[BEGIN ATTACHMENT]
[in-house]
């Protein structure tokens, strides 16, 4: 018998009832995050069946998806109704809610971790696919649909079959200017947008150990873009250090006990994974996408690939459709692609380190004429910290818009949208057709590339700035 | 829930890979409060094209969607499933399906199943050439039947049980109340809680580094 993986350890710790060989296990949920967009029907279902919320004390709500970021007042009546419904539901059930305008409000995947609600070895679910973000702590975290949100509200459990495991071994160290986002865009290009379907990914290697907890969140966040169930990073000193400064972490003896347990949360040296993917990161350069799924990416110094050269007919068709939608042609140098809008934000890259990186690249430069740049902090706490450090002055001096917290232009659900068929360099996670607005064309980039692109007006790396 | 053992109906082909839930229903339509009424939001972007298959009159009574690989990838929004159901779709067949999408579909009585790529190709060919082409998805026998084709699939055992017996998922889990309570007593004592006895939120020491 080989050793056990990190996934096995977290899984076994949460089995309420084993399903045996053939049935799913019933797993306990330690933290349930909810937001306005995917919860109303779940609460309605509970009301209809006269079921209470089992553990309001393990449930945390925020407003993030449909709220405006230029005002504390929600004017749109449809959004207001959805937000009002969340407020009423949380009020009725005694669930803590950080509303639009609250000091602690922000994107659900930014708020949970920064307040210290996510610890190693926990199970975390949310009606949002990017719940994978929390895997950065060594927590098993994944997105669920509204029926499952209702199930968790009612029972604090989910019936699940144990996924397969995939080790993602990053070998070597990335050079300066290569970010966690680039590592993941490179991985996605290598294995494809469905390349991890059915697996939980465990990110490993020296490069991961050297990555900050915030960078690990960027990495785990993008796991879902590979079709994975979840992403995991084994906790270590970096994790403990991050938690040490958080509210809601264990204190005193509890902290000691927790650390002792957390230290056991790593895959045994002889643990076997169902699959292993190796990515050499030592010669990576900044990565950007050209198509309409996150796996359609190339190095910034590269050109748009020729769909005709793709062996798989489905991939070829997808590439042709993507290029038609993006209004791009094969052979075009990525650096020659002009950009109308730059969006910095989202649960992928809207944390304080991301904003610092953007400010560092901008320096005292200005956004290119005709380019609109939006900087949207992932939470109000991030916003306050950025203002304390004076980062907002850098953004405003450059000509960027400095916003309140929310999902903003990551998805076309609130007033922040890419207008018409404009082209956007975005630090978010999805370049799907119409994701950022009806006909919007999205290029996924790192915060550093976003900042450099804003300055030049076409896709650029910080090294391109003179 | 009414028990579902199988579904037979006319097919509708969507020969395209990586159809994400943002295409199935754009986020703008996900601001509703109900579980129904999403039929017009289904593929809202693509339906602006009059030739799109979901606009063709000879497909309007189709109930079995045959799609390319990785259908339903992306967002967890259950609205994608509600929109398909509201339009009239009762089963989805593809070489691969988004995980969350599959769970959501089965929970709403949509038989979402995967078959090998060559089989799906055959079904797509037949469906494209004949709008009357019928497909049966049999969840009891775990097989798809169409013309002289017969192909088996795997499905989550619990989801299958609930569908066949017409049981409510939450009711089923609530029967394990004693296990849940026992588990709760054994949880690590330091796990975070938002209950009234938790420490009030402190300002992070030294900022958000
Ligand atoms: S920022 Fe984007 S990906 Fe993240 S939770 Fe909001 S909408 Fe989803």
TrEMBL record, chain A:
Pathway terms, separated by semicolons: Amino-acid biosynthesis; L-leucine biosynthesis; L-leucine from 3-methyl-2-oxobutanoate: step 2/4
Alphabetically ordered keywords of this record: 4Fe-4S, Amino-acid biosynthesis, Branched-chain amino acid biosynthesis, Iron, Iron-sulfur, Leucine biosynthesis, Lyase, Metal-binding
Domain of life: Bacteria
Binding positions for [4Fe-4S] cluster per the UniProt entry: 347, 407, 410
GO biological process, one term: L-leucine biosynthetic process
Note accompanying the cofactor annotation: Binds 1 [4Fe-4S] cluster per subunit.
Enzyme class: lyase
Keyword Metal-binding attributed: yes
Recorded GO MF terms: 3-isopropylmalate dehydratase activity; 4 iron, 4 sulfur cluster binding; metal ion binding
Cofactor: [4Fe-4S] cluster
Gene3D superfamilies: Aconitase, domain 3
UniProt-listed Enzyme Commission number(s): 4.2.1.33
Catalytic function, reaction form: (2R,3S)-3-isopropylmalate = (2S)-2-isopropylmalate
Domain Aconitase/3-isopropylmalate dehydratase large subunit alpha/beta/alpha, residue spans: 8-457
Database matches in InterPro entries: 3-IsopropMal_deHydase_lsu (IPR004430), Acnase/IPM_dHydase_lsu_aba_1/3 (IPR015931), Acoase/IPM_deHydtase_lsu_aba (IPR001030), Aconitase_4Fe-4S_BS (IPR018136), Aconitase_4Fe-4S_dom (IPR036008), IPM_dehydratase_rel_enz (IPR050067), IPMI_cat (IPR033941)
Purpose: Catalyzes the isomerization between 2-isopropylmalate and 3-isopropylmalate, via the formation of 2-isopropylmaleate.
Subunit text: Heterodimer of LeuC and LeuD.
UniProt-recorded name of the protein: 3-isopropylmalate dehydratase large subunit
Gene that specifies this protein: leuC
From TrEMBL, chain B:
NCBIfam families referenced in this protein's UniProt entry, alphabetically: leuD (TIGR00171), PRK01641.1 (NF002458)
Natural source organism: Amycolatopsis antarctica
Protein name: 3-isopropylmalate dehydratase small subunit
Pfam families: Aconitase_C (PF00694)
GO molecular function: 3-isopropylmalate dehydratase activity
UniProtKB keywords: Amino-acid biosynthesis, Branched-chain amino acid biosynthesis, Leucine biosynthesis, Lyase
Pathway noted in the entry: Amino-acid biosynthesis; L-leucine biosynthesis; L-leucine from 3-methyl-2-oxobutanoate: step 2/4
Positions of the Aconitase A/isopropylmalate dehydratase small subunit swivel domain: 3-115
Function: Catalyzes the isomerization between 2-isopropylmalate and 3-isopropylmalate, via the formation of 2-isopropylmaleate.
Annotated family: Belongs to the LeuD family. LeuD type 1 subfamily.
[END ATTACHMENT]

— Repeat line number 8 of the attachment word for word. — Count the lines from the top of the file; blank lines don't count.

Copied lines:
Binding positions for [4Fe-4S] cluster per the UniProt entry: 347, 407, 410